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As with any widespread corporate-driven change, making sure it's understood and implemented by those on the front lines is a critical element of success. At Pacific Convenience & Fuels, this responsibility falls on General Manager of Operations, Chris Wilson, who joined the company in May 2009 after leaving a director of marketing role at Circle K's West Coast division.
"We have to manage the change in terms of the overall company culture and getting [employees] to understand our direction," Wilson said. "We have 2,000 people who work in our stores."
Getting the right store-level personnel in place to execute the company's new programs is the No. 1 focus of the operations team. The first step, according to Wilson, is to retrain existing employees through a change management training program. The next step is to elevate the company's standards in regards to the personality and character traits it seeks in the hiring process.
As Wilson explained, "You can have the best food products in the world, but they won't do you any good if you have a disgruntled employee behind the counter."
Pacific Convenience & Fuels considers several businesses to be first-rate examples of the type of customer service and consistency it wants to provide. One such company is Starbucks; another is In-N-Out Burger, a regional chain of fast-food restaurants in the western United States.
In-N-Out Burger has a completely different model than other fast-feeders, Wilson noted. For instance, the company does a great job in recruiting the top end of its applicant pool and hires people with great personalities, who represent themselves very well. "If you sit back and admire their operation, it shines through how far above they are from their competitors," he said.
Going forward, Pacific Convenience & Fuels intends to follow this same model. The chain will look for personality first; experience and skill set second. "When you start dealing with food, you want to make sure your whole operation is delivering a fresh message," said Wilson.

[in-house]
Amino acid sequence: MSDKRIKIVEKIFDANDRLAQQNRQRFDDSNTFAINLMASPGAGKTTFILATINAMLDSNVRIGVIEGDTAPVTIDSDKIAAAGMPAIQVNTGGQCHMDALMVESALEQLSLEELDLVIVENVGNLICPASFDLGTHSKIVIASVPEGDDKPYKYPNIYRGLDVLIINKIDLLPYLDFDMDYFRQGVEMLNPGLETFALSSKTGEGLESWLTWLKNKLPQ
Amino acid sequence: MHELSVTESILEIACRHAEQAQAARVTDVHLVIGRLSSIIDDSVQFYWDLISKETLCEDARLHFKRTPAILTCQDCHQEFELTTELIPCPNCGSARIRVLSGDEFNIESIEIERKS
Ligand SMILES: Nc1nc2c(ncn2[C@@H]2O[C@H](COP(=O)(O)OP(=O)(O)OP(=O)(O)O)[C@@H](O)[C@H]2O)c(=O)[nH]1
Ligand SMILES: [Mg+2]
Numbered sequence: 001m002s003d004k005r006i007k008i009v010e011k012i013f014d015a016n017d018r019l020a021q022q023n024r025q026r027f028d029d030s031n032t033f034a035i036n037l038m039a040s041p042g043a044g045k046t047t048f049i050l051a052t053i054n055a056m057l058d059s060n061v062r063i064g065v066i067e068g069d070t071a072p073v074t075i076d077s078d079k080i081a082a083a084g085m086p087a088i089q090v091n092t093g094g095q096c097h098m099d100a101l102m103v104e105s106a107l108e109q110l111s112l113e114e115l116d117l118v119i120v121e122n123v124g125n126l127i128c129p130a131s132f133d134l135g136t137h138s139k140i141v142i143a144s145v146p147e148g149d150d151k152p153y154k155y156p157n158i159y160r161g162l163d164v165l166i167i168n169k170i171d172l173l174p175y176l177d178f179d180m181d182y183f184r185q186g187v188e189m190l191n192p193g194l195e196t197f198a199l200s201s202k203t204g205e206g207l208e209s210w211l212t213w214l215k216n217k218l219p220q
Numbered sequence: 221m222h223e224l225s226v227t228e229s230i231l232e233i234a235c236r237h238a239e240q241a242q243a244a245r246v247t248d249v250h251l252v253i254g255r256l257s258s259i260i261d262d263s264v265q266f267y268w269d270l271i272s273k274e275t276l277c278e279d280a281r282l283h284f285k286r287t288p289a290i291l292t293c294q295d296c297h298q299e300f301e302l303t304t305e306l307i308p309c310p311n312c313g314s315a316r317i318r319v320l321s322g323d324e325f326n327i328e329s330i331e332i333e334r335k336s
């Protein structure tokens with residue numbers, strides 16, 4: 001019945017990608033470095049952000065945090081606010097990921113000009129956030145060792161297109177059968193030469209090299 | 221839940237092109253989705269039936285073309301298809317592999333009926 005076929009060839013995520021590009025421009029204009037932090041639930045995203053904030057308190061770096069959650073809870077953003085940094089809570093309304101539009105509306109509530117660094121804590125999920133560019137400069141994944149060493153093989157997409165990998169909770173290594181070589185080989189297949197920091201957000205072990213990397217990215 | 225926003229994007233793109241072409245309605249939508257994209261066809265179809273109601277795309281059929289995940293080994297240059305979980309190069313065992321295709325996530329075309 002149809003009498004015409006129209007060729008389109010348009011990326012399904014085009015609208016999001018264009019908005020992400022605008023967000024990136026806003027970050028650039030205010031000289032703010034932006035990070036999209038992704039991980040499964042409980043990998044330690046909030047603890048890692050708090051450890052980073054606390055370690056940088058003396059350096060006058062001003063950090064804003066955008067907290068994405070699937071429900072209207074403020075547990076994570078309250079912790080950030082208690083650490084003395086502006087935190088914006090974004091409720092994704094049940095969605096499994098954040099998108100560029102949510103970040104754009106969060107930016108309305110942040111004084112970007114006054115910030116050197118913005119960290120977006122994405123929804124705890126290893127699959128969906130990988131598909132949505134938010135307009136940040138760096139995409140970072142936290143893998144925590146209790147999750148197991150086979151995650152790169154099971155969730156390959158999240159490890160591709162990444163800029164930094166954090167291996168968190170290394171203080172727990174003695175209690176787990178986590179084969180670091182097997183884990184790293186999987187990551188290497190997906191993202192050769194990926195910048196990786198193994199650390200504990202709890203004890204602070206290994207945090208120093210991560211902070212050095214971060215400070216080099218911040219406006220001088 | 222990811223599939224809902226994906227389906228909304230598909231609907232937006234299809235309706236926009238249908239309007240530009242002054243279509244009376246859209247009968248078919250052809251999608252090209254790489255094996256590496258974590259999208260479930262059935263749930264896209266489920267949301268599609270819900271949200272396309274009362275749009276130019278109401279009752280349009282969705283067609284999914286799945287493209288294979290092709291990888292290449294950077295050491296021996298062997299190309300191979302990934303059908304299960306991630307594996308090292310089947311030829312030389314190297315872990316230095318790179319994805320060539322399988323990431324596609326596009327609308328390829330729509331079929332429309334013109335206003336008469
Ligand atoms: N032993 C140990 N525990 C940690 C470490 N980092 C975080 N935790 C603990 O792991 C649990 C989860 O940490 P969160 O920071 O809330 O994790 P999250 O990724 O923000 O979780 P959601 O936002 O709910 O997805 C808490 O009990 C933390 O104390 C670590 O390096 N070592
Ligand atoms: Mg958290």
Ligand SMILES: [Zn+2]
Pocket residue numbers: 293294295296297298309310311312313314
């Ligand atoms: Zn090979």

Aside from labor, operational efficiency is another area of focus for the general manager.
One initiative underway involves using a more scientific approach for staffing. The company contracted with Empower on a new time and attendance system, which will be installed in May and up and running by June 1. The system will capture transaction data from the retailer's point-of-sale systems and then build schedules based on the number of transactions per hour.
"It's not about reducing costs so much, but increasing efficiency," Wilson said.
On the other hand, reducing energy costs by 15 percent is a goal for Pacific Convenience & Fuels this year. The chain started in March retrofitting all of its existing stores with LED lighting, photocells, sensors, etc. The project is expected to be completed by June 1.
"We're looking for ways to drive costs out of the business without having any negative impact on the customer. We're very customer-centric, so we only want to improve what we're doing," said Wilson. "We're standing behind our commitment to reinvest and grow the company."
For more on Pacific Convenience & Fuels, check out the May 2 issue of Convenience Store News.